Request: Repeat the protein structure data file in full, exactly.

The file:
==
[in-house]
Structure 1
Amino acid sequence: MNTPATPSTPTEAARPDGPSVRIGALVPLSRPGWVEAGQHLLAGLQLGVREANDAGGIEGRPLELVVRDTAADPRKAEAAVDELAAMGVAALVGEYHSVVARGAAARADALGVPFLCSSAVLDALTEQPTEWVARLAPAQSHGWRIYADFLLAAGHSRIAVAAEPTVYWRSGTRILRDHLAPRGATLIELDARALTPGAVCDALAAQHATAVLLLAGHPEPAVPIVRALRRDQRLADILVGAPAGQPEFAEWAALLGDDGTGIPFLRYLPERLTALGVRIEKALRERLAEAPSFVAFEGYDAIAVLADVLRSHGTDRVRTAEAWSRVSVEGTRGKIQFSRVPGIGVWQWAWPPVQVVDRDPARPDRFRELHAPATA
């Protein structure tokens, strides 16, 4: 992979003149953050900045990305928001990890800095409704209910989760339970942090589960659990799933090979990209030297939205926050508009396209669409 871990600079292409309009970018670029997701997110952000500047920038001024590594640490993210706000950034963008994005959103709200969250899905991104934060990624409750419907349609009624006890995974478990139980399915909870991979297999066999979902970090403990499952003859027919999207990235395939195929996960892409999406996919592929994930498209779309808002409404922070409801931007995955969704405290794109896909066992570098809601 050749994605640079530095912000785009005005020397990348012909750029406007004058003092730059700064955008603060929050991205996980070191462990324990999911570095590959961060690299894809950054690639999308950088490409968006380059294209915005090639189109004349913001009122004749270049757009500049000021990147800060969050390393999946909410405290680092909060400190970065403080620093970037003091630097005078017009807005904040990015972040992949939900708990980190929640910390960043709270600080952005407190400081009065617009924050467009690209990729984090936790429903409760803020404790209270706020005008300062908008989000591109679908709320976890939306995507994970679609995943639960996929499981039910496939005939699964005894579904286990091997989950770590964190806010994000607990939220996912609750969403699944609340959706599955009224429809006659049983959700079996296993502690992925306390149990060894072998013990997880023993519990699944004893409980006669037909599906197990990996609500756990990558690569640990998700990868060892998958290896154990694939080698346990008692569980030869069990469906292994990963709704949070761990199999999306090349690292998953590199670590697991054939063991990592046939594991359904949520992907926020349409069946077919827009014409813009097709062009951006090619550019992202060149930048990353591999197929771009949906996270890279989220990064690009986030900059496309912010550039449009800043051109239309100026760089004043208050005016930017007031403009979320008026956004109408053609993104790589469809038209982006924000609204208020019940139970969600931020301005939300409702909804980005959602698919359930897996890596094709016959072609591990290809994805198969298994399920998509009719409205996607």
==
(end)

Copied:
[in-house]
Structure 1
Amino acid sequence: MNTPATPSTPTEAARPDGPSVRIGALVPLSRPGWVEAGQHLLAGLQLGVREANDAGGIEGRPLELVVRDTAADPRKAEAAVDELAAMGVAALVGEYHSVVARGAAARADALGVPFLCSSAVLDALTEQPTEWVARLAPAQSHGWRIYADFLLAAGHSRIAVAAEPTVYWRSGTRILRDHLAPRGATLIELDARALTPGAVCDALAAQHATAVLLLAGHPEPAVPIVRALRRDQRLADILVGAPAGQPEFAEWAALLGDDGTGIPFLRYLPERLTALGVRIEKALRERLAEAPSFVAFEGYDAIAVLADVLRSHGTDRVRTAEAWSRVSVEGTRGKIQFSRVPGIGVWQWAWPPVQVVDRDPARPDRFRELHAPATA
């Protein structure tokens, strides 16, 4: 992979003149953050900045990305928001990890800095409704209910989760339970942090589960659990799933090979990209030297939205926050508009396209669409 871990600079292409309009970018670029997701997110952000500047920038001024590594640490993210706000950034963008994005959103709200969250899905991104934060990624409750419907349609009624006890995974478990139980399915909870991979297999066999979902970090403990499952003859027919999207990235395939195929996960892409999406996919592929994930498209779309808002409404922070409801931007995955969704405290794109896909066992570098809601 050749994605640079530095912000785009005005020397990348012909750029406007004058003092730059700064955008603060929050991205996980070191462990324990999911570095590959961060690299894809950054690639999308950088490409968006380059294209915005090639189109004349913001009122004749270049757009500049000021990147800060969050390393999946909410405290680092909060400190970065403080620093970037003091630097005078017009807005904040990015972040992949939900708990980190929640910390960043709270600080952005407190400081009065617009924050467009690209990729984090936790429903409760803020404790209270706020005008300062908008989000591109679908709320976890939306995507994970679609995943639960996929499981039910496939005939699964005894579904286990091997989950770590964190806010994000607990939220996912609750969403699944609340959706599955009224429809006659049983959700079996296993502690992925306390149990060894072998013990997880023993519990699944004893409980006669037909599906197990990996609500756990990558690569640990998700990868060892998958290896154990694939080698346990008692569980030869069990469906292994990963709704949070761990199999999306090349690292998953590199670590697991054939063991990592046939594991359904949520992907926020349409069946077919827009014409813009097709062009951006090619550019992202060149930048990353591999197929771009949906996270890279989220990064690009986030900059496309912010550039449009800043051109239309100026760089004043208050005016930017007031403009979320008026956004109408053609993104790589469809038209982006924000609204208020019940139970969600931020301005939300409702909804980005959602698919359930897996890596094709016959072609591990290809994805198969298994399920998509009719409205996607």